Bishop John Kirby maintains that some ancient statues of the Madonna carved from local trees are proof that devotion to Our Lady of Clonfert dates back over 700 years.
The Irish form of the name of the Diocese of Clonfert, Cluain Fearta, means the ‘meadow of the miracles’. Whether these miracles refer to the activity of St Brendan or some other series of events is not known. Brendan, towards the end of his life, had chosen the small Shannon-side location as the site of his monastic settlement in 579. It became a significant centre of spirituality, learning and culture over the succeeding centuries.
An important treaty with the Danes was signed there in 999 and St Laurence O’Toole presided as Papal Legate over a synod of clergy held in Clonfert in 1170. The area of influence of the monastery coincided with the petty kingdom of Hy Many, in what is now East Galway with small portions in present day Roscommon and Offaly. This was the area of influence of the O’Kelly clan and it explains the existence of a Clonfert parish across the Shannon in Leinster. At one time the diocese was known as Hy Many, but the name Clonfert from the monastic site quickly became established.
Very little now remains of the monastic settlement. However, the 12th century door of Clonfert Cathedral, now belonging to the local Church of Ireland, is a reminder of the significance of the site in times past. Currently, major work is underway to preserve this important artefact. Interestingly, the original monastic site is now the location of Emmanuel House of Providence, a centre of prayer and healing under the direction of Mr and Mrs Eddie and Lucy Stones.
In this small area of land west of the Shannon between Athlone and Portumna, a tradition of religious wood carving developed. There are three wooden statues that have survived, all carved from trees in the round. These have been authoritatively dated from the late 12th to the early 14th century. Similarities of style and features in all three point to the existence of a local type of Virgin and Child. The statue of Our Lady of Clonfert is one of these. The gently smiling Virgin carries the Child in her right arm while the Child plays with a tress of the Virgin’s hair. Sadly, the left arm is now missing. According to local legend, the statue of Our Lady of Clonfert was hidden in a tree for safety during the Penal Days. A farmer cutting down the tree many years later reputedly cut off one of the arms causing bleeding and indicating the presence of the statue. However, we can dispense with that rather quickly.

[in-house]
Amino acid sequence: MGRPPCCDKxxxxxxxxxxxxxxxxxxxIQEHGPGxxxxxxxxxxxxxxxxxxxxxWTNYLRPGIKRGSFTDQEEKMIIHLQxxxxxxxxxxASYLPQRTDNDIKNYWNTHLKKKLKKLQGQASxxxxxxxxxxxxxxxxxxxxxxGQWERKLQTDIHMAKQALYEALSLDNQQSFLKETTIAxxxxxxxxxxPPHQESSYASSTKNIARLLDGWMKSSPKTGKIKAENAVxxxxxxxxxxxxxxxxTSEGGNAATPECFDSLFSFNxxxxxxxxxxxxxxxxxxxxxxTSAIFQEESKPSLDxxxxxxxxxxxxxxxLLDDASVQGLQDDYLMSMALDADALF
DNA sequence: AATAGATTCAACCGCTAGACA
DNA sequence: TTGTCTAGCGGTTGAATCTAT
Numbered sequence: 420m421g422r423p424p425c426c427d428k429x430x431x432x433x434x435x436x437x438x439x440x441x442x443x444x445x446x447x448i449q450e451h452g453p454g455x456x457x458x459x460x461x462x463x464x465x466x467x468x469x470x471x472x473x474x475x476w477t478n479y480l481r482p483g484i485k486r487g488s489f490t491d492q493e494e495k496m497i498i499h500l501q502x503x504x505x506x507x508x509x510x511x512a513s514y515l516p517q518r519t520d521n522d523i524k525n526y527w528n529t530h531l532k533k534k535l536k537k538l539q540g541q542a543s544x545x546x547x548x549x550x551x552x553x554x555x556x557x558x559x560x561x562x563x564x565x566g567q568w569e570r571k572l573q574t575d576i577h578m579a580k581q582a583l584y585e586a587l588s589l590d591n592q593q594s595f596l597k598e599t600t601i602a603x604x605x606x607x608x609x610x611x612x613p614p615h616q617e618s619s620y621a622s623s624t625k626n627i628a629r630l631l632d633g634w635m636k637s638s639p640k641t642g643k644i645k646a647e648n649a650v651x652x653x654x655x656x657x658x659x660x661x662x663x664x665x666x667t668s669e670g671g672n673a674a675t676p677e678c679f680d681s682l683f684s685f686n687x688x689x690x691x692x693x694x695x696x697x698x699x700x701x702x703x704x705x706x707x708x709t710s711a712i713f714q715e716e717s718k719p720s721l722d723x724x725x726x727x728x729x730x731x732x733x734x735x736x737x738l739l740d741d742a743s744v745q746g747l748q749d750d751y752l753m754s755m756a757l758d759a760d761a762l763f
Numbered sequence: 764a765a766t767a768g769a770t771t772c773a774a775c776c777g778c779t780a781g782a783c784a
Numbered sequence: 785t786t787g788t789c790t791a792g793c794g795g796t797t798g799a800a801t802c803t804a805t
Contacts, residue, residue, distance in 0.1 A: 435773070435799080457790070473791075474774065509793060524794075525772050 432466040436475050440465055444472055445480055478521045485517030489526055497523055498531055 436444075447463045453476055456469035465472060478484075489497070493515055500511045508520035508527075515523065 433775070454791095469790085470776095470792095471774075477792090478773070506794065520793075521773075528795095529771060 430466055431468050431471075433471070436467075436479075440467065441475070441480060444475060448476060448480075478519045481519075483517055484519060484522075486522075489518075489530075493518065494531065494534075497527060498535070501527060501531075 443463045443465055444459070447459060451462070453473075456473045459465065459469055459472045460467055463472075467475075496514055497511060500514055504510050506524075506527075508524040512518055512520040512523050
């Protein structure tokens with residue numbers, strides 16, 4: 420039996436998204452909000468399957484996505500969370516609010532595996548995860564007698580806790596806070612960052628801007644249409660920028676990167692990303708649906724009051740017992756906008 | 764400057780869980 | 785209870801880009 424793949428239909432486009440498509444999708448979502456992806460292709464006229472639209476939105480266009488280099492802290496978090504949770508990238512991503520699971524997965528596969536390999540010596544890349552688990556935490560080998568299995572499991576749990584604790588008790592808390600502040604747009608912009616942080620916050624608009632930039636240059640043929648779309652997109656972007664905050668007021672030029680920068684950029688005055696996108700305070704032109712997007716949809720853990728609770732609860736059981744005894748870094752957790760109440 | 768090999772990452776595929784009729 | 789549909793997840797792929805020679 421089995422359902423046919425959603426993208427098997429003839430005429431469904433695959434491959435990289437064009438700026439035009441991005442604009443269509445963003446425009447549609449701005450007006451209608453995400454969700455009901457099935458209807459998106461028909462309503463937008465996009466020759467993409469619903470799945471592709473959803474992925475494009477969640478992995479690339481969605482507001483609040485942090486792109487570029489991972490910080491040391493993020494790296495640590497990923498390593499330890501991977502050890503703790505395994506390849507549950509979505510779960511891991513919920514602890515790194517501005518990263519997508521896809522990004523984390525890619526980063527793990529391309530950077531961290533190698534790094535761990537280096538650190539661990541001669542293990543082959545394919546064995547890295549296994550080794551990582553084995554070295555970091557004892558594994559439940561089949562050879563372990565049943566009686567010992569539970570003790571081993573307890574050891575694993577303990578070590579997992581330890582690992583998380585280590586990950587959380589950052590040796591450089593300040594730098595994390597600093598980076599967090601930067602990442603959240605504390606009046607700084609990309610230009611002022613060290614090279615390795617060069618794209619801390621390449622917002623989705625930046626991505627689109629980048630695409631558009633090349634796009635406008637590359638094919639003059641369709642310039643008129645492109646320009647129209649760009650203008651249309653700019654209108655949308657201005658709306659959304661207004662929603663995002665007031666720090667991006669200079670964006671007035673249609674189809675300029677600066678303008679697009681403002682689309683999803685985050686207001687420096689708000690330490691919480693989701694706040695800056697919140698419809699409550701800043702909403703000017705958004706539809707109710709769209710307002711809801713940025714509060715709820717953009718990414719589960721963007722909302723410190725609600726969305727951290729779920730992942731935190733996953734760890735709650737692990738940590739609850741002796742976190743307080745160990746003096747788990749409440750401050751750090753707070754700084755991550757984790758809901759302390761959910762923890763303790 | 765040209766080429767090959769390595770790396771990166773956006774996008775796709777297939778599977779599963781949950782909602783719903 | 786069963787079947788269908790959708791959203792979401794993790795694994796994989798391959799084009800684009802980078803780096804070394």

The other wood carved statues of similar origin are ‘Our Lady of Bethlehem’ better known as the ‘Black Lady’ in the Poor Clare convent in Galway and the somewhat older ‘Kilcorban Madonna’ in the small Clonfert Diocesan Museum in Loughrea. The Poor Clare nuns formerly lived on the shores of Lough Ree in a convent named Bethlehem near Athlone and brought the carving of the Madonna with them when they moved to Galway in 1642.
Much more significantly, the very existence of these statues is a sign of considerable devotion to Our Lady in this part of the country for over 700 years. The carving of Our Lady of Clonfert is currently in St Brendan’s Church, Clonfert, and is the focus of the May devotions there each year. During the day, pilgrims, mainly from the midlands, come to the church to pray before the statue. Despite the absence of organised liturgies, the numbers are quite large. In the evenings there is a Mass or a liturgical celebration filling the church for the month. Many link attendance at the liturgy with preparing for the Leaving and Junior Certificate examinations, so there is a strong presence of younger people. During the rest of the year, local people value the statue very highly and are proud of their link with the past and with devotion to Our Lady.
Thus, while little remains in stone to link the diocese to St Brendan, this statue in wood is a reminder of the continuity of devotion to Our Lady in this area for more than 700 years.
This article first appeared in The Word (May 2005), a Divine Word Missionary Publication.